The widow of a blogger who was hacked to death in Bangladesh says she will continue to speak out on the causes of secularism and science.
Rafida Bonya Ahmed was also badly injured when her US-Bangladeshi husband Avijit Roy was killed after leaving a book fair in Dhaka last month.
Speaking to the BBC from a safe location, she said fundamentalism had "taken deep roots" in Bangladesh.
She said she was recovering slowly and had few memories of the attack.
Click here to listen to Bonya's audio interview to BBC.
Roy's family said he had received threats after publishing articles promoting secular views, science and social issues on his Bengali-language blog, Mukto-mona (Free Mind)
He had defended atheism in a Facebook post, calling it a "rational concept to oppose any unscientific and irrational belief".Police say they suspect he was killed by religious extremists.
A group of men wielding meat cleavers ambushed the couple after they left Dhaka University on 26 February.
"Somehow, my memory is completely blocked about the incident itself," Ahmed told BBC's Newshour.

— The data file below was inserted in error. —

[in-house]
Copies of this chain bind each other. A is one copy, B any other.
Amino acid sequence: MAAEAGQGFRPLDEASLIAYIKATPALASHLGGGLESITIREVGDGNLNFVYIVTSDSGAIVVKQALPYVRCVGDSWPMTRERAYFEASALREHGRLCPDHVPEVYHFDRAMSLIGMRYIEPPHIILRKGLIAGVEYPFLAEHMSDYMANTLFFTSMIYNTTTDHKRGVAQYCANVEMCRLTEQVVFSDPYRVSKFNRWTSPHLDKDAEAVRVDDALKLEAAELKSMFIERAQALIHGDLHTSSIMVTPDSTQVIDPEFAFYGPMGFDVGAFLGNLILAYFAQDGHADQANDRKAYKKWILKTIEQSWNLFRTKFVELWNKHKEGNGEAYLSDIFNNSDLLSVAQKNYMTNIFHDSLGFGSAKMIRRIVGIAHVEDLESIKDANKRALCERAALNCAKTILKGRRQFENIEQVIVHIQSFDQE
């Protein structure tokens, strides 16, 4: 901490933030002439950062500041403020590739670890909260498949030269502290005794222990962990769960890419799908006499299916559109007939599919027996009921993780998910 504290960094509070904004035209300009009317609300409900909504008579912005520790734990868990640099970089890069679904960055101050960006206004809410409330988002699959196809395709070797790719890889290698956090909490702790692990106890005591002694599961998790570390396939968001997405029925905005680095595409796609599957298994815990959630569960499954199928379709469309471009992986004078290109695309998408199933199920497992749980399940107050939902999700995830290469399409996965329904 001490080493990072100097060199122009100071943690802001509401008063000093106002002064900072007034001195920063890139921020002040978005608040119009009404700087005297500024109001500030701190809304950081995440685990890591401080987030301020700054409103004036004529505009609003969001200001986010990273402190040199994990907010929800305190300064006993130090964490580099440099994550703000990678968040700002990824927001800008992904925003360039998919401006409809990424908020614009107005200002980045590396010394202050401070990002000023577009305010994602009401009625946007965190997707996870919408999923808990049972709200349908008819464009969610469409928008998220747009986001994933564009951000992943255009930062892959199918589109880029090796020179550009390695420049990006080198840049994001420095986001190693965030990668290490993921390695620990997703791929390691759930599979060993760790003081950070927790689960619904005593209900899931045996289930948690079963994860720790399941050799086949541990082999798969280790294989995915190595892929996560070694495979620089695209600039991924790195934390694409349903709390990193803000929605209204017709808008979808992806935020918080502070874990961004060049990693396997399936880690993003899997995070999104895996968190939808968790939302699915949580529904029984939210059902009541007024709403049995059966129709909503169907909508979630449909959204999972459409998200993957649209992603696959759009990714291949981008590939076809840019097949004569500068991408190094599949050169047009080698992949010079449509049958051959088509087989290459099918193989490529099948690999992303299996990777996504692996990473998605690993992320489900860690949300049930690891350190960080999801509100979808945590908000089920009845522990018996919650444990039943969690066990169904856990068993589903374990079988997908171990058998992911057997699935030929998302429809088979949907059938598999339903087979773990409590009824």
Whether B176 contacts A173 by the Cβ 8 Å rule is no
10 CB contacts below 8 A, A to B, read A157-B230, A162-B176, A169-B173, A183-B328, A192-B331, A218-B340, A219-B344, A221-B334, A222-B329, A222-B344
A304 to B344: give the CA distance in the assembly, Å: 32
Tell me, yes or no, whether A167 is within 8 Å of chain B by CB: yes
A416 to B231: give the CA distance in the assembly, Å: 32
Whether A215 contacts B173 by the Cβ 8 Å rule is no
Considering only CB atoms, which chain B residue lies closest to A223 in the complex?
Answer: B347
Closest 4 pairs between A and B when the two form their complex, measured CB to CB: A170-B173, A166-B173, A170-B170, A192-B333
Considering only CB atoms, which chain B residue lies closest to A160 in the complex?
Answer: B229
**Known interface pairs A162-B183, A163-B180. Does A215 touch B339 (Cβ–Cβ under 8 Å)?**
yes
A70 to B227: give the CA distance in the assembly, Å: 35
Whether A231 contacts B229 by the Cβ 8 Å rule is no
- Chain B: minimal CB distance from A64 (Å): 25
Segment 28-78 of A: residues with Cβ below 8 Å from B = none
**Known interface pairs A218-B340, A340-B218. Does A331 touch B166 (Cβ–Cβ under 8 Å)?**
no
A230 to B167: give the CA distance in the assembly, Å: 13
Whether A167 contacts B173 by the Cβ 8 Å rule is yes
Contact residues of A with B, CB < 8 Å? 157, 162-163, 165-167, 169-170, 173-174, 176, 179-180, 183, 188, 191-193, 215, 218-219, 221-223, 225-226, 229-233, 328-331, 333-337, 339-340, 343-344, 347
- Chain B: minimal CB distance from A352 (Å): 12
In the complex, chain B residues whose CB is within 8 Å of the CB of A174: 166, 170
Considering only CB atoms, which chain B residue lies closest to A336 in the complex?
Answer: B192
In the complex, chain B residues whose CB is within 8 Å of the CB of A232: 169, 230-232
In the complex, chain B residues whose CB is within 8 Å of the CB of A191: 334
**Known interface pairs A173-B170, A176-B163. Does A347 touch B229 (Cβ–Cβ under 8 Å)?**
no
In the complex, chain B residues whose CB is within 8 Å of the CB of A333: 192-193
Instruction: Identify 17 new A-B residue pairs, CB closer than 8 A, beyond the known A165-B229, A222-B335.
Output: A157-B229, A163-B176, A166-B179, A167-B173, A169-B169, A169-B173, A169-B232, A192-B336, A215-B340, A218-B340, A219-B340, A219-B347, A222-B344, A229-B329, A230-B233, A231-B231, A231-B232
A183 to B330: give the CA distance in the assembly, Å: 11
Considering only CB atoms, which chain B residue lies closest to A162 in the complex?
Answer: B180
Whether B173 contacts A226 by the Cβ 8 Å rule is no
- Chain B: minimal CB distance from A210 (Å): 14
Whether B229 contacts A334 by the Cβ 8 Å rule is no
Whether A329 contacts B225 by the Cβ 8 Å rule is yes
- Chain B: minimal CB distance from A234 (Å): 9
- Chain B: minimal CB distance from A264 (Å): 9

"We were supposed to be going back home to have dinner with the family. I think I was holding his hand and we were just talking. I do not remember anything from that point until I was in some sort of vehicle and someone was carrying me. I remember I was soaked in blood."
Ahmed said she realised they had been attacked when she was in hospital and she noticed stab wounds to her head. She also had serious wounds to her hands and had lost a thumb.
"Avijit was still alive, lying on a stretcher beside me. Doctors were going back and forth and I was telling them 'please take care of him first, because my condition is better'. Avijit was just making a sound, but he was not conscious," she said.
She described her husband as "an intellectually fulfilled atheist, who dedicated his life to promoting science and secularism".
"I will go back to being vocal and expressing what we believe in. The cause that Avijit died for, I will not be quiet," she said.
The couple lived in the US and were visiting Dhaka only to attend the book festival.
After the attack, students, teachers and bloggers gathered at Dhaka University to protest against the killing.
Police told the BBC at the time that they were investigating a local hard-line religious group that had praised the killing in an online message.